College of Dentistry Receives Unprecedented Response to Diversity Survey
In early April, the College of Dentistry concluded its first-ever Diversity, Equity, and Inclusion (DEI) survey. More than 1,000 students, residents, staff, and faculty were invited to anonymously provide data that will be utilized to enhance the college’s efforts to promote diversity and create an inclusive working environment.
Survey questions were largely related to demographics, including respondents’ age, gender, ethnic group, and marital status. Additional questions asked about military service, native language, birth country, whether parents or grandparents went to college, and whether or not respondents have any dependents. The college community’s participation rate was unprecedented with 98% of faculty; 74% of staff; 77% of dental hygiene students; 84% of dental students; and 93% of residents and graduate students completing the survey.
“The unprecedented response to this survey tells us that diversity is something our entire community is focused on and concerned about during this time of heightened focus on equity in healthcare and education,” said Patrick Lloyd, Dean of the College of Dentistry. “We now have a more accurate assessment of our college’s rich diversity, and we are better prepared to evaluate the impact of our future efforts to make our college a most welcoming and supportive place to work and learn.”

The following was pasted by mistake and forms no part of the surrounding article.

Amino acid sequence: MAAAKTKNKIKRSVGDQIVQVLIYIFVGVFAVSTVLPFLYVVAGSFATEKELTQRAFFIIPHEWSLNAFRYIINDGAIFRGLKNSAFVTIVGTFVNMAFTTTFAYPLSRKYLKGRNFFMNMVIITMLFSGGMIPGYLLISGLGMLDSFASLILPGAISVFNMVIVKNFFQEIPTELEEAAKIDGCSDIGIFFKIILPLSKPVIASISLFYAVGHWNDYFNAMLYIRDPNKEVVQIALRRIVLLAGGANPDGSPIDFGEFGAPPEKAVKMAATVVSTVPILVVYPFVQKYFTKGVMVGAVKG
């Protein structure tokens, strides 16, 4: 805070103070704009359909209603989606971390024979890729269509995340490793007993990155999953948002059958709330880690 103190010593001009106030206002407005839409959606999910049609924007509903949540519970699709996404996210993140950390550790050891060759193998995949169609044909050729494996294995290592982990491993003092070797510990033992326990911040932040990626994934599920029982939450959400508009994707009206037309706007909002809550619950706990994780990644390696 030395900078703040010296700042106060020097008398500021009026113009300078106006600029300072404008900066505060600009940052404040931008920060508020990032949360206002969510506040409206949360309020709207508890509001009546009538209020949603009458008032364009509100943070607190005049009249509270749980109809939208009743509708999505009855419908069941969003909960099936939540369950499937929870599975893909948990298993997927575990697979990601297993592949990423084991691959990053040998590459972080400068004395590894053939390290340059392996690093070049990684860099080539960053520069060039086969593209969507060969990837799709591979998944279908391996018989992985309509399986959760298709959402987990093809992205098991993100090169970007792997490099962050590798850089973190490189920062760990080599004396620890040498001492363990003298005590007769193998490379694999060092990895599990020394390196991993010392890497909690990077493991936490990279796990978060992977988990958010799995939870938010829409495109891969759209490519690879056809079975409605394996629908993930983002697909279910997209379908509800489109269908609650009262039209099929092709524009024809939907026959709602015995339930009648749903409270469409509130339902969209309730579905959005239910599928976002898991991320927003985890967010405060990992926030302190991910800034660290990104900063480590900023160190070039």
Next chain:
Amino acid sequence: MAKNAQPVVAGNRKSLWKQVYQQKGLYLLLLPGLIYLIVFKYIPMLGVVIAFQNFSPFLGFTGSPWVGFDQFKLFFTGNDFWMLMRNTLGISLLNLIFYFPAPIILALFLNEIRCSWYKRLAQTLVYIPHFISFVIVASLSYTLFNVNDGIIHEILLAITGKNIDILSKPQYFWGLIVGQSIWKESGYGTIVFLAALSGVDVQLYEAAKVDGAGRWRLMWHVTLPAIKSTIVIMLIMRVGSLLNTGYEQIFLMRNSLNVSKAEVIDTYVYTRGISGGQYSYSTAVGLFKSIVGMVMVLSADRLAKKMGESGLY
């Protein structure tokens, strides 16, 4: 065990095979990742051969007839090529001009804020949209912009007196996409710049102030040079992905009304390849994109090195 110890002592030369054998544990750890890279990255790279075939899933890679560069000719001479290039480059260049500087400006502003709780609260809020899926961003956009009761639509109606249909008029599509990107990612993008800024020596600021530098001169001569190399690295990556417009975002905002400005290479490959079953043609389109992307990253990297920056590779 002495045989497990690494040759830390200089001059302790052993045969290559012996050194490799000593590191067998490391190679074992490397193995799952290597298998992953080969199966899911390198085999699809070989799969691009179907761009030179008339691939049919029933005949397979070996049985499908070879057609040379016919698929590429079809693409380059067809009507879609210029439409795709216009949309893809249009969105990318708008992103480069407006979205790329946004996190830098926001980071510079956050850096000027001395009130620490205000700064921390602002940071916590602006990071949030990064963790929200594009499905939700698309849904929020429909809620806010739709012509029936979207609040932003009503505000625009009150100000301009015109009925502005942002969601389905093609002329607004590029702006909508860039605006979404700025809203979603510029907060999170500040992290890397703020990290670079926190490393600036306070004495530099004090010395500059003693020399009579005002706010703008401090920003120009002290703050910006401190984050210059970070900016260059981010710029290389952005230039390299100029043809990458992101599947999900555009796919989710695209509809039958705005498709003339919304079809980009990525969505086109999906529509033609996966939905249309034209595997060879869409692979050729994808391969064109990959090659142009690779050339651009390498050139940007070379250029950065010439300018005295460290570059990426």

The survey was designed after months of careful research and discussion by the College of Dentistry’s Diversity, Equity, and Inclusion (DEI) Workgroup that is comprised of students, staff, and faculty. The workgroup consulted with Ohio State’s Office of Institutional Research and Planning, the Office of Diversity and Inclusion, the Office of Institutional Equity, and the Office of University Compliance and Integrity.
Through the survey, the DEI workgroup discovered that the college community has a larger number of countries represented among its population than was previously believed. They originate from 43 different countries. In addition, the workgroup learned there are 45 college members who are fluent in at least three languages, and more than 200 are fluent in at least two languages, including Arabic, French, Hindi, Korean, Spanish, Serbian, and Russian. The workgroup also found that the age distribution among faculty is fairly evenly spread.
“The survey represents a first step in assessing the College of Dentistry’s collective diversity,” said Dr. Shareef Dabdoub, the co-chair of a DEI subgroup. “By cultivating that diversity, we can work to ensure that our college represents the cultural, racial, and ethnic groups that make up the communities in which we live, work, and serve.”